Exploring the Paris Metro’s Eerie Ghost Stations

The term ghost station has come to describe any abandoned or disused station on an underground railway system, but is particularly associated with Paris, where a collection of defunct platforms and silent tunnels – many of them inaccessible to urban explorers – have earned their place in urbex folklore.

(Images: vincent desjardins, cc-3.0)

Some subterranean Parisian stations were closed and later reopened, such as Rennes and Liège, which came back online in 1968 after 30 years of disuse. Cluny, meanwhile, reopened in 1988 after half a century of abandonment, renamed Cluny – La Sorbonne. Aside from these, the majority of the Paris ghost stations fall into several distinct categories:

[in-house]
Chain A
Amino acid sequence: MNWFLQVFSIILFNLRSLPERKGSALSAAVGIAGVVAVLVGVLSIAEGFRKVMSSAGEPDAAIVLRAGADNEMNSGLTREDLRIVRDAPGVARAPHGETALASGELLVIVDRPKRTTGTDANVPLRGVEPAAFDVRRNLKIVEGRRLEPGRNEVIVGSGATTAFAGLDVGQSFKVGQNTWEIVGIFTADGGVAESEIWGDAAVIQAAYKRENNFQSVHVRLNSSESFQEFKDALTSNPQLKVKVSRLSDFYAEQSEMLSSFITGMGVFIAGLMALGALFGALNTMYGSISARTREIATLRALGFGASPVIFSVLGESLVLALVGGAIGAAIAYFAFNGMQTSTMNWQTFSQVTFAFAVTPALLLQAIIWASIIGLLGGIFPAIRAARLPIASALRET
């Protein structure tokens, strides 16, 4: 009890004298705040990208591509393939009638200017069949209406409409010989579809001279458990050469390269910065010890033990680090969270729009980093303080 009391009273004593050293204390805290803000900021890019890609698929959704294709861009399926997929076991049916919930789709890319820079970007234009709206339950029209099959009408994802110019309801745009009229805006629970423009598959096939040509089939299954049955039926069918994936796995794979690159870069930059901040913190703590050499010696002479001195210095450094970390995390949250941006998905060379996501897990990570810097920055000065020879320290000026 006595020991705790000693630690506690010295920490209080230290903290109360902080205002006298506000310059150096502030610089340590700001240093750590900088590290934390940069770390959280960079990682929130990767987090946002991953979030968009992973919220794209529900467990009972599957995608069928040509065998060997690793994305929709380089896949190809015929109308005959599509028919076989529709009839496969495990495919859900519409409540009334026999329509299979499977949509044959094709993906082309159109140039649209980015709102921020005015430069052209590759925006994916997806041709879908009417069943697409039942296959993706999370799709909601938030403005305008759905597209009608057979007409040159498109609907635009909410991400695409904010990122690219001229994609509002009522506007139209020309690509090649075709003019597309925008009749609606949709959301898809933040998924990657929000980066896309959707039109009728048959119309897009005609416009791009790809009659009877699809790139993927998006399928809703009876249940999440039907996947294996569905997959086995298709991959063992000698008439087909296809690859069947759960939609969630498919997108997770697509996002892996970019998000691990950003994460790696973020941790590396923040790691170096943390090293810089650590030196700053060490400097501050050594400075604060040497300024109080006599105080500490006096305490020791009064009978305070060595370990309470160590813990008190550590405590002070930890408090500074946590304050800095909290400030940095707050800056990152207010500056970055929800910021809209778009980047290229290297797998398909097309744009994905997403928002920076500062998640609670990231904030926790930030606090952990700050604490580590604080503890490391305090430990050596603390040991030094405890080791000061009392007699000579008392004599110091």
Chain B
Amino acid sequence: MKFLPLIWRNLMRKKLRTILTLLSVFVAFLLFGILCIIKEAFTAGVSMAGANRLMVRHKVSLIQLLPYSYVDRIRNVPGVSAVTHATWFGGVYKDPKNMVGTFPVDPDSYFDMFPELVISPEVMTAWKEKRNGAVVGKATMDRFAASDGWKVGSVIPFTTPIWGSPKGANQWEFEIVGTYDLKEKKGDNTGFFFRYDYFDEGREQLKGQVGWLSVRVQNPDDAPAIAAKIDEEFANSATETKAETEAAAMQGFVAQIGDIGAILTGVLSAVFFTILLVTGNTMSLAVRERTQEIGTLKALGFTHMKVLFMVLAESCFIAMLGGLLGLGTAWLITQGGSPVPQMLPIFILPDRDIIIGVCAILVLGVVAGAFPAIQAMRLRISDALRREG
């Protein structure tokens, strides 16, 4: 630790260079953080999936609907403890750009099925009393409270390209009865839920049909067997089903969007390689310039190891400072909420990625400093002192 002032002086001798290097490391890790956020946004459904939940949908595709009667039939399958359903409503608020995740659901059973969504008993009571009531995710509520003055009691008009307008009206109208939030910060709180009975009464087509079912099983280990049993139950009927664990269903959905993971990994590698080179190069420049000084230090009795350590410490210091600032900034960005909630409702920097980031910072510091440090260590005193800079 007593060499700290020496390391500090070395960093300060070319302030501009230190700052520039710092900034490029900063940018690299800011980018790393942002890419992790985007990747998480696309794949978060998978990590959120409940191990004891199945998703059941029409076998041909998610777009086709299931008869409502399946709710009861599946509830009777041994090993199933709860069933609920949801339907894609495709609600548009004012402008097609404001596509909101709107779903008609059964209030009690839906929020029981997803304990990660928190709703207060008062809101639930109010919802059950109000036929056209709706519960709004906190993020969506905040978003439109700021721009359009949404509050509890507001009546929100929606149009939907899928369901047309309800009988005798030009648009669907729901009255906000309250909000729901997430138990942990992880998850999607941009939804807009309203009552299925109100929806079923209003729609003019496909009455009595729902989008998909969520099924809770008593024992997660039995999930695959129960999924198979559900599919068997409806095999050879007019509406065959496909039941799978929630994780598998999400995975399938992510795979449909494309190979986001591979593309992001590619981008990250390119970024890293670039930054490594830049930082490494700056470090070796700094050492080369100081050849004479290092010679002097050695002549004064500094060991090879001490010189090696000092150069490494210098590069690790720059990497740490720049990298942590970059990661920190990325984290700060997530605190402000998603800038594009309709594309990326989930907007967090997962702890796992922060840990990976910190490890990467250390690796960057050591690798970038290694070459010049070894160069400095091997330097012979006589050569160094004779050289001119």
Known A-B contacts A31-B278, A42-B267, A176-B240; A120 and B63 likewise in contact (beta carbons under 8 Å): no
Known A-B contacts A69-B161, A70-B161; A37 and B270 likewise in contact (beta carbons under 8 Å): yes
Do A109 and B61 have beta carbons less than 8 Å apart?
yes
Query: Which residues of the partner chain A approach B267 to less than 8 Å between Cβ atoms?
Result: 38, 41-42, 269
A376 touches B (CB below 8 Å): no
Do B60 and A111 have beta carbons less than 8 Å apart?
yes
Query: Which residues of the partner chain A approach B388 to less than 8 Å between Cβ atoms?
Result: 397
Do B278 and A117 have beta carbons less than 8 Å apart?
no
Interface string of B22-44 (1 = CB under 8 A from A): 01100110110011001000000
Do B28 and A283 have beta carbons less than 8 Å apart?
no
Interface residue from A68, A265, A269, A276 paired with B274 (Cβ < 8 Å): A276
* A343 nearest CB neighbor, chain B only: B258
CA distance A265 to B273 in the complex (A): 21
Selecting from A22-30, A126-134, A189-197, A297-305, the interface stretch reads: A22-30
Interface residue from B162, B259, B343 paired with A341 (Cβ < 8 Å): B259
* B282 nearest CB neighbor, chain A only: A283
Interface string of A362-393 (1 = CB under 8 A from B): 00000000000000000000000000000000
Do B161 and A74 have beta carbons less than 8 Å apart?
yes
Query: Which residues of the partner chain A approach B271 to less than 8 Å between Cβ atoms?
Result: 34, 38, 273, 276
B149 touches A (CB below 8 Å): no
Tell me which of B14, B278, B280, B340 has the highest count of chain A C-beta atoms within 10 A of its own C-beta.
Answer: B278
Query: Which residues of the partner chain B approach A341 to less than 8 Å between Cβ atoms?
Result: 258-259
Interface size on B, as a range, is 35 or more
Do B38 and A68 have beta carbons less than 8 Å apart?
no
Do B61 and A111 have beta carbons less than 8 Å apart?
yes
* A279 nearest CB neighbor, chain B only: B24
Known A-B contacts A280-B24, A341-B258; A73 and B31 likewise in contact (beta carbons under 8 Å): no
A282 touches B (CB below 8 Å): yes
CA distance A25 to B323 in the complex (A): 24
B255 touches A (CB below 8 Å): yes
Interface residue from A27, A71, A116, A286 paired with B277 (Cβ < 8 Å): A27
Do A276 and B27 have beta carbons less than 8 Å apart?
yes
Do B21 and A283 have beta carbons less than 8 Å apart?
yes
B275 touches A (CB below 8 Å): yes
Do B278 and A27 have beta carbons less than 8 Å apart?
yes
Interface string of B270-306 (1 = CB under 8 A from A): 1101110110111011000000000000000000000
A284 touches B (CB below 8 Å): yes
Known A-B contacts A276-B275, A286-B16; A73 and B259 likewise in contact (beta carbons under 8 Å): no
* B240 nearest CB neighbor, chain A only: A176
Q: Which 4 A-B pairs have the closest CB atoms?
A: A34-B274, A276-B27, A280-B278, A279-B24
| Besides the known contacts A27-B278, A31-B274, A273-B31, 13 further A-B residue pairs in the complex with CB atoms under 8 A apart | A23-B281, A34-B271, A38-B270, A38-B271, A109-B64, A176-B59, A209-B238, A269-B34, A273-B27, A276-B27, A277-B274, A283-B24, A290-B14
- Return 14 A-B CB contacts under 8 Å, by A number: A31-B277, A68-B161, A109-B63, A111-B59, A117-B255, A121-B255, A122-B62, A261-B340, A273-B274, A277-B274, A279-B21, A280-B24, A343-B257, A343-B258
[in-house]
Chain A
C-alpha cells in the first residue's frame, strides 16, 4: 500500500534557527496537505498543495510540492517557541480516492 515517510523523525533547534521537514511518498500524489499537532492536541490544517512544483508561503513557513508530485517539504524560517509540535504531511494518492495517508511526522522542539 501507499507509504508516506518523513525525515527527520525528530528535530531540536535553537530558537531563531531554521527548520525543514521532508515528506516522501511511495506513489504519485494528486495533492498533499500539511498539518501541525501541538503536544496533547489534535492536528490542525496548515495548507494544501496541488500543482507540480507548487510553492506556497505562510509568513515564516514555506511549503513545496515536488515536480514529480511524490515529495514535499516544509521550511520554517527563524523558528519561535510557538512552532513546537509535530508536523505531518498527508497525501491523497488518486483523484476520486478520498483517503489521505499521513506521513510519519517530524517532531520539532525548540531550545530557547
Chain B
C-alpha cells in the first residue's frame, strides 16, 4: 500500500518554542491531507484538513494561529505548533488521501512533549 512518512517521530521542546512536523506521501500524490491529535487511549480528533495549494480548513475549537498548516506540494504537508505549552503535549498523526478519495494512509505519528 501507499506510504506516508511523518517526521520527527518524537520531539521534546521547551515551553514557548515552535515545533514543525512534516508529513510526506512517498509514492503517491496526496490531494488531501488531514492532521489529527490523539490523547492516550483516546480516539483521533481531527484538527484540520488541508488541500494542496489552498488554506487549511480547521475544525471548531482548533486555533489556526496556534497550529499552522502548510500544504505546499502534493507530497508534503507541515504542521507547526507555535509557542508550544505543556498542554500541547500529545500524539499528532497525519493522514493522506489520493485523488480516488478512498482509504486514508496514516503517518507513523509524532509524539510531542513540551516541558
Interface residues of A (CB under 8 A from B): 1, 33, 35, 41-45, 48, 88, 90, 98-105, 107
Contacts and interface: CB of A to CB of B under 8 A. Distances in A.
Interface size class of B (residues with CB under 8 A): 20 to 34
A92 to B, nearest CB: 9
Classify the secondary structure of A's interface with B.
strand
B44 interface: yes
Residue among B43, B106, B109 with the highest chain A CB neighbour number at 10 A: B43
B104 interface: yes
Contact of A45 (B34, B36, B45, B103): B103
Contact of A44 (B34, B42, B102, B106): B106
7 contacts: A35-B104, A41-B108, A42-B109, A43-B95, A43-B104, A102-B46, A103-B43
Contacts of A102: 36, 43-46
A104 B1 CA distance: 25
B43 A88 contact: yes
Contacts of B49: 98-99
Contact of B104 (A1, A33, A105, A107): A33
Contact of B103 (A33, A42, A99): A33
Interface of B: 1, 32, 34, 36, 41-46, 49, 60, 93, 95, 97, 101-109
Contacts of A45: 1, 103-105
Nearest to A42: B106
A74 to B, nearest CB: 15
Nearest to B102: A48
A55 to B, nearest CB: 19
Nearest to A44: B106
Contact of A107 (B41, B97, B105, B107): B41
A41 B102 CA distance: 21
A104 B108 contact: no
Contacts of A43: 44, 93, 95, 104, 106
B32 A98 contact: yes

Moved and Merged Stations

(Images: (Image: Clicsouris (left, right), cc-sa-3.0)

The advent of modern rolling stock proved too long for some stations, which saw their platforms moved several hundred metres to accommodate newer carriages. Stations such as Victor Hugo (above) and Les Halles remain open though their original platforms stand silent. Other stations were merged due to falling passenger demand. Martin Nadaud, for example, was integrated into Gambetta, and can still be seen today behind a gate in the direction of Pont de Levallois.



  • Tom

    Thanks for the info, subway! I’ll definitely check it out and perhaps include in a follow-on article.

  • Barney Haynes

    How did you get into these stations or did you just research them?

    If you managed to visit any could you link me to some instructions?


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